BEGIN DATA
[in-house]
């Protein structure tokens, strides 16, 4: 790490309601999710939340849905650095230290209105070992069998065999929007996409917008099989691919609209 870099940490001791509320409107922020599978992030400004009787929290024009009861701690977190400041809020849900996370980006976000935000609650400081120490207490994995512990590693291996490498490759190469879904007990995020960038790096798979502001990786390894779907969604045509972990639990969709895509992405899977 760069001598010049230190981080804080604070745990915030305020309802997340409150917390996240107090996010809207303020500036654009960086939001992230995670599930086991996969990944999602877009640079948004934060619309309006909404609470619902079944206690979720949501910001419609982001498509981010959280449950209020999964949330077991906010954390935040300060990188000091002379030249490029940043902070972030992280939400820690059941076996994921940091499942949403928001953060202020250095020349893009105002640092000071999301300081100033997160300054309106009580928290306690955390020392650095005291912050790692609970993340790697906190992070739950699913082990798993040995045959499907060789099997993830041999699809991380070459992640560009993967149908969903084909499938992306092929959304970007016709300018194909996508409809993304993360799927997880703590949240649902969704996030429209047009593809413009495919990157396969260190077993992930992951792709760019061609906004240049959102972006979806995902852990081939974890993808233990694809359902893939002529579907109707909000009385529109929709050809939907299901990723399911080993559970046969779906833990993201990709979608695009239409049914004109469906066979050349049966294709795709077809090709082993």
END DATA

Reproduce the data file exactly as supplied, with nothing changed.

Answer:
[in-house]
């Protein structure tokens, strides 16, 4: 790490309601999710939340849905650095230290209105070992069998065999929007996409917008099989691919609209 870099940490001791509320409107922020599978992030400004009787929290024009009861701690977190400041809020849900996370980006976000935000609650400081120490207490994995512990590693291996490498490759190469879904007990995020960038790096798979502001990786390894779907969604045509972990639990969709895509992405899977 760069001598010049230190981080804080604070745990915030305020309802997340409150917390996240107090996010809207303020500036654009960086939001992230995670599930086991996969990944999602877009640079948004934060619309309006909404609470619902079944206690979720949501910001419609982001498509981010959280449950209020999964949330077991906010954390935040300060990188000091002379030249490029940043902070972030992280939400820690059941076996994921940091499942949403928001953060202020250095020349893009105002640092000071999301300081100033997160300054309106009580928290306690955390020392650095005291912050790692609970993340790697906190992070739950699913082990798993040995045959499907060789099997993830041999699809991380070459992640560009993967149908969903084909499938992306092929959304970007016709300018194909996508409809993304993360799927997880703590949240649902969704996030429209047009593809413009495919990157396969260190077993992930992951792709760019061609906004240049959102972006979806995902852990081939974890993808233990694809359902893939002529579907109707909000009385529109929709050809939907299901990723399911080993559970046969779906833990993201990709979608695009239409049914004109469906066979050349049966294709795709077809090709082993």